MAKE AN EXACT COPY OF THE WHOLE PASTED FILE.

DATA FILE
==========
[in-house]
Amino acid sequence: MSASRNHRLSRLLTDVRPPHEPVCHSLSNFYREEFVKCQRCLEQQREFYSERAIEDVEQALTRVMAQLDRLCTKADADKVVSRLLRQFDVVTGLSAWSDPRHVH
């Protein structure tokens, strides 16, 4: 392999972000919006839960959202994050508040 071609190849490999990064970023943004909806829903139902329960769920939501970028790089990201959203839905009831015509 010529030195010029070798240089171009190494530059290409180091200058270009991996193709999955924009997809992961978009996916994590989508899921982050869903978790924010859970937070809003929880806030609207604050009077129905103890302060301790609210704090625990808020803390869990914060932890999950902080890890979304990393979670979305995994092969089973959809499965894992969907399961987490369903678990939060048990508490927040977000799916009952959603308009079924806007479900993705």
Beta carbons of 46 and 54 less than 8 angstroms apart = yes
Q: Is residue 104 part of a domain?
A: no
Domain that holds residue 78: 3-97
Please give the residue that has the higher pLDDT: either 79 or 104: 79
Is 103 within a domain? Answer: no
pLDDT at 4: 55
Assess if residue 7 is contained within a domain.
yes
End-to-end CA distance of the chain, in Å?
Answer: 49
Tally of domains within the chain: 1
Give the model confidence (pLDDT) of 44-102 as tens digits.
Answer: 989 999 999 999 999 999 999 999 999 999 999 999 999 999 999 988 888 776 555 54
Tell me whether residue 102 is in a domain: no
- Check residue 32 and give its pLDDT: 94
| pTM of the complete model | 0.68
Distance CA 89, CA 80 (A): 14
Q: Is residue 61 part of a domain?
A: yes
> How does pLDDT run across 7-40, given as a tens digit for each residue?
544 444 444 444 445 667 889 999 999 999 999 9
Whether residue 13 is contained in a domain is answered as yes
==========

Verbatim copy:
[in-house]
Amino acid sequence: MSASRNHRLSRLLTDVRPPHEPVCHSLSNFYREEFVKCQRCLEQQREFYSERAIEDVEQALTRVMAQLDRLCTKADADKVVSRLLRQFDVVTGLSAWSDPRHVH
């Protein structure tokens, strides 16, 4: 392999972000919006839960959202994050508040 071609190849490999990064970023943004909806829903139902329960769920939501970028790089990201959203839905009831015509 010529030195010029070798240089171009190494530059290409180091200058270009991996193709999955924009997809992961978009996916994590989508899921982050869903978790924010859970937070809003929880806030609207604050009077129905103890302060301790609210704090625990808020803390869990914060932890999950902080890890979304990393979670979305995994092969089973959809499965894992969907399961987490369903678990939060048990508490927040977000799916009952959603308009079924806007479900993705």
Beta carbons of 46 and 54 less than 8 angstroms apart = yes
Q: Is residue 104 part of a domain?
A: no
Domain that holds residue 78: 3-97
Please give the residue that has the higher pLDDT: either 79 or 104: 79
Is 103 within a domain? Answer: no
pLDDT at 4: 55
Assess if residue 7 is contained within a domain.
yes
End-to-end CA distance of the chain, in Å?
Answer: 49
Tally of domains within the chain: 1
Give the model confidence (pLDDT) of 44-102 as tens digits.
Answer: 989 999 999 999 999 999 999 999 999 999 999 999 999 999 999 988 888 776 555 54
Tell me whether residue 102 is in a domain: no
- Check residue 32 and give its pLDDT: 94
| pTM of the complete model | 0.68
Distance CA 89, CA 80 (A): 14
Q: Is residue 61 part of a domain?
A: yes
> How does pLDDT run across 7-40, given as a tens digit for each residue?
544 444 444 444 445 667 889 999 999 999 999 9
Whether residue 13 is contained in a domain is answered as yes